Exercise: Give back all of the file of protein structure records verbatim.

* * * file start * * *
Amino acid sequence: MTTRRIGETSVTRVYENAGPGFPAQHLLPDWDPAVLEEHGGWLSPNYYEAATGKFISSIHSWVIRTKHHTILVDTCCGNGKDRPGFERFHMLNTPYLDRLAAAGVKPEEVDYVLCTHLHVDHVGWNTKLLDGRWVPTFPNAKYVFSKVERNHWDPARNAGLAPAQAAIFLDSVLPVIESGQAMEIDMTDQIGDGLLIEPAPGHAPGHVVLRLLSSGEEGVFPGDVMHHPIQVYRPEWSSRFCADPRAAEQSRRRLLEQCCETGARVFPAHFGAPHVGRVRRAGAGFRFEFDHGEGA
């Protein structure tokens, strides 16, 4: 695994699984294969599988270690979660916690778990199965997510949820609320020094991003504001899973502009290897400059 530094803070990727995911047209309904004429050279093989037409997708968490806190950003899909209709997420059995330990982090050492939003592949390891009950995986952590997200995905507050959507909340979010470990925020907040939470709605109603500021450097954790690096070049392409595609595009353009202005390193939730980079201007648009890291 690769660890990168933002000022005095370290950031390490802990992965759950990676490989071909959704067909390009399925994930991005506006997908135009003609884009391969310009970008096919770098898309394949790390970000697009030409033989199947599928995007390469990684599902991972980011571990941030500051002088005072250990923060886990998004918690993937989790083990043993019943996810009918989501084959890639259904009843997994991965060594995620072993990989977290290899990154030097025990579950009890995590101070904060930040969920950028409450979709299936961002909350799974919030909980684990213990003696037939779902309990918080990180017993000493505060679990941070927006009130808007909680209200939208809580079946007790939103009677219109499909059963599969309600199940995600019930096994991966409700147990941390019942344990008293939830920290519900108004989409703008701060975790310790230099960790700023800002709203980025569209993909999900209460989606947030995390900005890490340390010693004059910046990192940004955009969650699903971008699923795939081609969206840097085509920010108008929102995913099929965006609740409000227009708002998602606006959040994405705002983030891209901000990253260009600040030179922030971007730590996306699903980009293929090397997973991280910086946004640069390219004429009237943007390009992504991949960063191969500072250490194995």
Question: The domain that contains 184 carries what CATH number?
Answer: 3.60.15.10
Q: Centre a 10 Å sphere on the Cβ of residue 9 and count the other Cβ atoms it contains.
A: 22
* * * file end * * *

Amino acid sequence: MTTRRIGETSVTRVYENAGPGFPAQHLLPDWDPAVLEEHGGWLSPNYYEAATGKFISSIHSWVIRTKHHTILVDTCCGNGKDRPGFERFHMLNTPYLDRLAAAGVKPEEVDYVLCTHLHVDHVGWNTKLLDGRWVPTFPNAKYVFSKVERNHWDPARNAGLAPAQAAIFLDSVLPVIESGQAMEIDMTDQIGDGLLIEPAPGHAPGHVVLRLLSSGEEGVFPGDVMHHPIQVYRPEWSSRFCADPRAAEQSRRRLLEQCCETGARVFPAHFGAPHVGRVRRAGAGFRFEFDHGEGA
């Protein structure tokens, strides 16, 4: 695994699984294969599988270690979660916690778990199965997510949820609320020094991003504001899973502009290897400059 530094803070990727995911047209309904004429050279093989037409997708968490806190950003899909209709997420059995330990982090050492939003592949390891009950995986952590997200995905507050959507909340979010470990925020907040939470709605109603500021450097954790690096070049392409595609595009353009202005390193939730980079201007648009890291 690769660890990168933002000022005095370290950031390490802990992965759950990676490989071909959704067909390009399925994930991005506006997908135009003609884009391969310009970008096919770098898309394949790390970000697009030409033989199947599928995007390469990684599902991972980011571990941030500051002088005072250990923060886990998004918690993937989790083990043993019943996810009918989501084959890639259904009843997994991965060594995620072993990989977290290899990154030097025990579950009890995590101070904060930040969920950028409450979709299936961002909350799974919030909980684990213990003696037939779902309990918080990180017993000493505060679990941070927006009130808007909680209200939208809580079946007790939103009677219109499909059963599969309600199940995600019930096994991966409700147990941390019942344990008293939830920290519900108004989409703008701060975790310790230099960790700023800002709203980025569209993909999900209460989606947030995390900005890490340390010693004059910046990192940004955009969650699903971008699923795939081609969206840097085509920010108008929102995913099929965006609740409000227009708002998602606006959040994405705002983030891209901000990253260009600040030179922030971007730590996306699903980009293929090397997973991280910086946004640069390219004429009237943007390009992504991949960063191969500072250490194995």
Question: The domain that contains 184 carries what CATH number?
Answer: 3.60.15.10
Q: Centre a 10 Å sphere on the Cβ of residue 9 and count the other Cβ atoms it contains.
A: 22